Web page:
Christine Chambers Goodman, professor of law, recently published California Evidence: Examples & Explanations (Aspen Publishers, November 2010). The book prides a comprehensive guide to the California Evidence Code and highlights the differences between the federal rules of evidence and the California Code. Designed for law students, the book is part of Aspen Publishers' highly-successful "Examples and Explanations" series.
Barry P. McDonald, professor of law, recently shared expertise on Schwarzenegger v. EMA, the U.S. Supreme Court case regarding violent video games, with national news outlets. He published an op-ed in the Los Angeles Times on Nov. 17 and was interviewed by the CBS Evening News on Nov. 2.
Michael A. Helfand, associate professor of law and associate director of Pepperdine's Glazer Institute for Jewish Studies, published an op-ed in the Los Angeles Times on Nov. 10. Titled "A Law We Don't Need," the piece calls Oklahoma's amendment prohibiting courts from considering Islam's Sharia law in decisions "the product of fear-mongering."
Grant S. Nelson, William H. Rehnquist Professor of Law, published the 8th edition of Equitable Remedies, Restitution and Damages, Cases and Materials (West) with Candace S. Kovacic-Fleischer and Jean C. Love in November. The book will be available for spring 2011 classes.
Gregory L. Ogden, professor of law, served as a reporter for the 2010 revised Model State Administrative Procedure Act (MSAPA). The MSAPA was approved as a final act by the National Conference of Commissioners for Uniform State Laws with an effective date of October 13. Ogden worked on the project for more than four years, providing research and drafting the text.
Robert F. Cochran Jr., Louis D. Brandeis Professor of Law and director of the Herbert and Elinor Nootbaar Institute on Law, Religion, and Ethics, participated in the United States Commission on International Religious Freedom (USCIF) conference on religious freedom on Oct. 7 in Juba, Sudan.
Bernard James, professor of law, wrote an op-ed on cyberbullying and student suicide for The New York Times on Oct. 1. In the article, James, coauthor of the book Education Policy and the Law: Cases and Commentary, wrote on cyberbullying as a human rights issue.
Thomas J. Stipanowich, professor of law, William H. Webster Chair in Dispute Resolution, and academic director of the Straus Institute for Dispute Resolution, has been named the newest scholar-in-residence at the London, England, offices of Wilmer Cutler Pickering Hale and Dorr LLP.
Gregory S. McNeal, associate professor of law, was a witness at the U.S. House Committee on Foreign Affairs, Subcommittee on Terrorism, Nonproliferation, and Trade hearing on Wednesday, September 29 at 1:30 p.m. Eastern. The hearing is titled, "U.S. Strategy for Countering Jihadist Websites," and was open to the public.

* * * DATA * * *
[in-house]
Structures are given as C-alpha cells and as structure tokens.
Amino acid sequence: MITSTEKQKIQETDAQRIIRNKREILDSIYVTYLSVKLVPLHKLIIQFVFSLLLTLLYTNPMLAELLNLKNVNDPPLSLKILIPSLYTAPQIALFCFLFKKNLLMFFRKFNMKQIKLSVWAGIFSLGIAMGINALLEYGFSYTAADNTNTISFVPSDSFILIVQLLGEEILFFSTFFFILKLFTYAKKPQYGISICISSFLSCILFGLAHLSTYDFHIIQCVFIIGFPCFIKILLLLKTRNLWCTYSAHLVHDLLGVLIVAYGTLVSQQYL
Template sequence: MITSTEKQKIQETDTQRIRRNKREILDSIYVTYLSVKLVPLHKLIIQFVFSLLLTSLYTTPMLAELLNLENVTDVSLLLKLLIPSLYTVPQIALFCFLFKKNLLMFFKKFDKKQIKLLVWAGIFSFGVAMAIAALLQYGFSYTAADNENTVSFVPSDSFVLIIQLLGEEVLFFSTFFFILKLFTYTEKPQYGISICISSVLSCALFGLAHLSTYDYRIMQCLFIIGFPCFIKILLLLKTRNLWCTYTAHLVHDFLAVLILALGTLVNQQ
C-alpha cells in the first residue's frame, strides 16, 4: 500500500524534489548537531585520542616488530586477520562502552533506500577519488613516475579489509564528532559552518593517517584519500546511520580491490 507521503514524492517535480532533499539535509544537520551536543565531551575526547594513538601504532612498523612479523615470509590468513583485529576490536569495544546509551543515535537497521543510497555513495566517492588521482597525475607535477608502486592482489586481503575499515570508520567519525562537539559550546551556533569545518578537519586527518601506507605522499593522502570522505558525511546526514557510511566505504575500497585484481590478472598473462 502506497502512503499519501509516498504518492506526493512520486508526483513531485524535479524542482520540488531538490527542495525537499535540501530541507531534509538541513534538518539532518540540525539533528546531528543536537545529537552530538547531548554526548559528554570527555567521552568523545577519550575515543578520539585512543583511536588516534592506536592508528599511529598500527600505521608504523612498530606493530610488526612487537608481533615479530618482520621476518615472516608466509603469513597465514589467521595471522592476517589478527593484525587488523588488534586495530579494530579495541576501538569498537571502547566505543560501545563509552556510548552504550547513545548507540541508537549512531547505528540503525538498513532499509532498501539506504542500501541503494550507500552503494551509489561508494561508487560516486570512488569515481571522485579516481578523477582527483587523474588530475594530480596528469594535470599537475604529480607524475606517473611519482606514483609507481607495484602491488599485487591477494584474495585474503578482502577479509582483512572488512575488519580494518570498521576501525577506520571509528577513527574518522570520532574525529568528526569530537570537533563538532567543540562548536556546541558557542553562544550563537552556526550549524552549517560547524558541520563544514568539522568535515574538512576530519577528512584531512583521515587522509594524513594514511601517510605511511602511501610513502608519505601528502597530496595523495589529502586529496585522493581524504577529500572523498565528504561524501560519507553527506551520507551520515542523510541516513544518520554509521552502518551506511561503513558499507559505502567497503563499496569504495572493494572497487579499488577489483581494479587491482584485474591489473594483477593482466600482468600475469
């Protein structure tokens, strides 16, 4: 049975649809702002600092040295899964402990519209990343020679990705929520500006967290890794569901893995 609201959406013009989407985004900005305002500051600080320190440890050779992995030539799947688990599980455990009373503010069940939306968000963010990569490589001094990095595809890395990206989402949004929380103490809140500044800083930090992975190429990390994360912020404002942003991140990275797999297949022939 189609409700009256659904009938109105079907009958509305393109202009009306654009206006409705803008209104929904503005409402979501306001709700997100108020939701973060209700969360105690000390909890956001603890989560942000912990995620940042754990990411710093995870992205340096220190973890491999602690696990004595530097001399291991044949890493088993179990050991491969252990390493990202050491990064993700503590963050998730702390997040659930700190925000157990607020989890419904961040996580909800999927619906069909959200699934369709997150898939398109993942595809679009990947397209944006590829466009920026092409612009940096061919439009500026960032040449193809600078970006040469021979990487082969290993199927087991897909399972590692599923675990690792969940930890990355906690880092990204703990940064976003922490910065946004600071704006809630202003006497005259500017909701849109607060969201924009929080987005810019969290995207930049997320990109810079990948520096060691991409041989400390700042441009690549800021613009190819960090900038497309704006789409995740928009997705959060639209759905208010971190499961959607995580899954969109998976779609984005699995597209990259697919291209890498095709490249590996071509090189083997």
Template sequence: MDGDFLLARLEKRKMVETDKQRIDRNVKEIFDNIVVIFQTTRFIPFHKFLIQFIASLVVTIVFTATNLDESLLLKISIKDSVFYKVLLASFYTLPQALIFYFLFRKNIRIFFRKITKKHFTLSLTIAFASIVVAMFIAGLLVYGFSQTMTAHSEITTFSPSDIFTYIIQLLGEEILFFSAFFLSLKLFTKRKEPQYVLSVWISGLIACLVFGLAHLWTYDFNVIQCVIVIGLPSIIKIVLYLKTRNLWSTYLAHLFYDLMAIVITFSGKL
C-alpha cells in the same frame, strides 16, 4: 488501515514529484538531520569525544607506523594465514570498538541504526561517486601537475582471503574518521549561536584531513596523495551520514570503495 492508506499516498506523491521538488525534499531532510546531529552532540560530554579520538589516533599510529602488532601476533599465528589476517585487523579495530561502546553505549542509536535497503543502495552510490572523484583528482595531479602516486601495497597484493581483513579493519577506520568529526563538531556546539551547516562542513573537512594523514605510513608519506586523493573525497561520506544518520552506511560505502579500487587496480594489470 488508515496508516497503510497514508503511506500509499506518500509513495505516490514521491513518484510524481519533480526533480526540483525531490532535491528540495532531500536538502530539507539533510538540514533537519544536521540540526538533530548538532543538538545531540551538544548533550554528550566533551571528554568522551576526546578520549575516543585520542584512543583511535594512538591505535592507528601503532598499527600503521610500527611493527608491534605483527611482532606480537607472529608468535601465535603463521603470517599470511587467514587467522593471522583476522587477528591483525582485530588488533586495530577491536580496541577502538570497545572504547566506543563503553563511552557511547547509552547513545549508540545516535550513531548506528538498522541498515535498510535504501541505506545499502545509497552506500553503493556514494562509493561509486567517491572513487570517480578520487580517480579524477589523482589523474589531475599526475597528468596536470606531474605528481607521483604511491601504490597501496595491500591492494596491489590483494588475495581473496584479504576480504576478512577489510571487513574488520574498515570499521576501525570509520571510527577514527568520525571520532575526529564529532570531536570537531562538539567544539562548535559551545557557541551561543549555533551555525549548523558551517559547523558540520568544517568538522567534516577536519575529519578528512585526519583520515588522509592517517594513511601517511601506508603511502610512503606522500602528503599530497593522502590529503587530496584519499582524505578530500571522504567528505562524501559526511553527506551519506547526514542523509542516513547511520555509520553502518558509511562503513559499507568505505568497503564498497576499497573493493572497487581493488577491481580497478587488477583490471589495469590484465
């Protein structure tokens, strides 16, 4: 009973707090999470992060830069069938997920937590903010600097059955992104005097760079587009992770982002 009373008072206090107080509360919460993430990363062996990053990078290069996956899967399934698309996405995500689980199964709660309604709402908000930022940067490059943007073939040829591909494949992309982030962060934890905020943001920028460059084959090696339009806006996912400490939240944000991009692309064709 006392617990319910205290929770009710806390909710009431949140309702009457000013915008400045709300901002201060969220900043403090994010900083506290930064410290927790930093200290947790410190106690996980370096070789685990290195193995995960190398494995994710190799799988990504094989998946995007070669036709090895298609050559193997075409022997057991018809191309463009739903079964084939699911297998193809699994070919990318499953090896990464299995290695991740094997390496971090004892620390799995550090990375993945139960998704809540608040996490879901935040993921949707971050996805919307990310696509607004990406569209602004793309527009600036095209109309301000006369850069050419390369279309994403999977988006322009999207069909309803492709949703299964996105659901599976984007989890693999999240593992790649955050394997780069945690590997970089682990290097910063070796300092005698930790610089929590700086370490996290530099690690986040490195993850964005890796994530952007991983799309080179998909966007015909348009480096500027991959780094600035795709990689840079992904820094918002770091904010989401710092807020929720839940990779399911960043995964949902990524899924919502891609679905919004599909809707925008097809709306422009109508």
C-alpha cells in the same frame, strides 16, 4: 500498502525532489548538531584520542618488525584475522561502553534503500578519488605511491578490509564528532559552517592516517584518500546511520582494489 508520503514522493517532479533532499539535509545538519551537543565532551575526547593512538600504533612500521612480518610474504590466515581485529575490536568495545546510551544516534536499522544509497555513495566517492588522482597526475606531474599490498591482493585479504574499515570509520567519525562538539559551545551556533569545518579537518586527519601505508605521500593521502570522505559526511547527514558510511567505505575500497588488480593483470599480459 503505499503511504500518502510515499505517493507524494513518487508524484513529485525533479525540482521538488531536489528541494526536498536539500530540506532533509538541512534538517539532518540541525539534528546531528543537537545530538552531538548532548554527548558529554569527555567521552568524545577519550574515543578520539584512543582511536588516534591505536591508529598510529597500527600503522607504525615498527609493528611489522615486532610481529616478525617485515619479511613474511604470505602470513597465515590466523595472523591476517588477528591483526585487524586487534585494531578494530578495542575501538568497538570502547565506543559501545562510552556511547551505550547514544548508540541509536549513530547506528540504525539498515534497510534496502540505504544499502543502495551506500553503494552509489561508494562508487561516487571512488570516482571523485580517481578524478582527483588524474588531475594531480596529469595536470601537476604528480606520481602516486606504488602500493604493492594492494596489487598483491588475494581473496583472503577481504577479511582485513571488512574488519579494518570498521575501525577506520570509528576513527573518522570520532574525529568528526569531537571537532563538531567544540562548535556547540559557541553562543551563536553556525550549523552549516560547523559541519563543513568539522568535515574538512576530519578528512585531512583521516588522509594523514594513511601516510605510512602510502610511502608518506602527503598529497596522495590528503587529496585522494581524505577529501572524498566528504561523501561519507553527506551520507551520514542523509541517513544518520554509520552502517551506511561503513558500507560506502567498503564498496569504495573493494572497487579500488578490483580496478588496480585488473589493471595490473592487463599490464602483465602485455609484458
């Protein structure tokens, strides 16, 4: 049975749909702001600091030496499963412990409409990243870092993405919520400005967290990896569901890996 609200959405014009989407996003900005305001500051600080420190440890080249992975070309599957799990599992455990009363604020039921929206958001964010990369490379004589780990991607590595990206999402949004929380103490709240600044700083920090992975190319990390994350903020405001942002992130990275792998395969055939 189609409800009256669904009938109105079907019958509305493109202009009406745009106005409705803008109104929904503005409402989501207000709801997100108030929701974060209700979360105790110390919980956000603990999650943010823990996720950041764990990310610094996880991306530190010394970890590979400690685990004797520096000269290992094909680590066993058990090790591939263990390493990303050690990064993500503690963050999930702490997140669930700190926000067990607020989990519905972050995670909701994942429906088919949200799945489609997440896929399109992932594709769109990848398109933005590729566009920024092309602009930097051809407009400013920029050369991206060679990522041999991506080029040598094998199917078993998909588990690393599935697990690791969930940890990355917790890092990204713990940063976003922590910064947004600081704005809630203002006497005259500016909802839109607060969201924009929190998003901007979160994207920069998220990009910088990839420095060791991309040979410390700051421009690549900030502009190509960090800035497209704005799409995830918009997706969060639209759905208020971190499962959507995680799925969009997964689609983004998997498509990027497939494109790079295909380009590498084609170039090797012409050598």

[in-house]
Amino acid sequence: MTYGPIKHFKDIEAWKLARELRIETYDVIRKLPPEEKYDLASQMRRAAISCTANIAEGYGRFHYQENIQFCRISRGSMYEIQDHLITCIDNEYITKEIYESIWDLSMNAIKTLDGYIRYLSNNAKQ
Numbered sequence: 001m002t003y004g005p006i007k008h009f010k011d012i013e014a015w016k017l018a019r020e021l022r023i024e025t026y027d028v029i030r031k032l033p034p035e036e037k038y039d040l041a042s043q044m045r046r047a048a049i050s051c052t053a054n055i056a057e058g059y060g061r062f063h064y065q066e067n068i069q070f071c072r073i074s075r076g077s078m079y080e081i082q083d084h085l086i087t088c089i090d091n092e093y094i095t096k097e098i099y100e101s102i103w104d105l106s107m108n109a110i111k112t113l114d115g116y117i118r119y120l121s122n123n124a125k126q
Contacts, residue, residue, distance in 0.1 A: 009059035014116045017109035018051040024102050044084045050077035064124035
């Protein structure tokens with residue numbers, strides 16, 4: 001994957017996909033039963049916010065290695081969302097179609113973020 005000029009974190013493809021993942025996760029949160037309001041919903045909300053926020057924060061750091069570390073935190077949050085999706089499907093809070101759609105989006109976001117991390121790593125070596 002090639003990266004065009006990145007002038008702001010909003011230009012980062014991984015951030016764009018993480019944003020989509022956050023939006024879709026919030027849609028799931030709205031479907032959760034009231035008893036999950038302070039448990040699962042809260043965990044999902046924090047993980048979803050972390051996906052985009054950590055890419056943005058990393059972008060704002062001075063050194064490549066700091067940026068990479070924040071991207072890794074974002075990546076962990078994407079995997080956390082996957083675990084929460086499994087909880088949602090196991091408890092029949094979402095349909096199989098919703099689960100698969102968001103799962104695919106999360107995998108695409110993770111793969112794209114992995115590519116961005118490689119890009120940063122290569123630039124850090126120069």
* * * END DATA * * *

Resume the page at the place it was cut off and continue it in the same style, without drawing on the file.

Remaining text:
Barry P. McDonald, professor of law, wrote a review of the fifth term of the Roberts Court in the September issue of California Lawyer. The fifth term was first for Justice Sonia Sotomayor and the last for Justice John Paul Stevens. McDonald noted that the chief justice asserted leadership during this term, "save for some divisive (and decidedly activist) decisions."
Kristine S. Knaplund, professor of law, shared expertise with the Los Angeles Daily Journal in an article about new inheritance challenges on August 17.
Edward J. Larson, Hugh and Hazel Darling Chair in Law and University Professor, was the featured speaker for a BBC World broadcast on the Scopes "Scopes Monkey Trial" on July 14. Listen to the podcast.
Tom Stipanowich, professor of law, William H. Webster Chair in Dispute Resolution, and academic director of the Straus Institute for Dispute Resolution, published an op-ed on the changing mentality toward arbitration in the Daily Journal on June 23.
Barry P. McDonald, professor of law, was quoted in the Daily Journal on the recent Supreme Court ruling concerning humanitarian aid to foreign groups designated by the government as terrorist organizations. The article ran in both print editions on June 22.
Barry P. McDonald, professor of law, published an op-ed on the recent Supreme Court ruling striking down the federal law banning the commercial production or sale of animal cruelty videos. The op-ed ran in the Los Angeles and San Francisco editions of the Daily Journal.
Kristine S. Knaplund, professor of law, was recently elected to be an Academic Fellow for the American College of Trust and Estate Counsel, an organization of the top estate and trust professionals. Only two California law professors have previously been members.
Anthony Miller, professor of law, presented on international alternative dispute resolution for the 2010 Dispute Resolution Section Annual Meeting of the North Carolina Bar Association on March 19, in Greensboro, North Carolina.
Pepperdine University President Andrew K. Benton and Provost Darryl Tippens have jointly named Thomas G. Bost Interim Dean of the Pepperdine School of Law. Bost, former Chair of the University's Board of Regents, has served as a Professor of Law at Pepperdine since 2000. He served as Associate Dean for Academics in 2009.
Richard Cupp, John W. Wade Professor of Law, recently spoke to the Associated Press, the Los Angeles Times and KFWB News/Talk 980 about Toyota's liability in the expanding recall of their vehicles.
Tom Stipanowich, William H. Webster Chair in Dispute Resolution and academic director of the Straus Institute for Dispute Resolution, traveled to New York City to receive an award from the International Institute for Conflict Prevention & Resolution (CPR) this week. His article, "Arbitration: The 'New Litigation'" was named Best Professional Article for 2009. This marks the second time Stipanowich has received the award.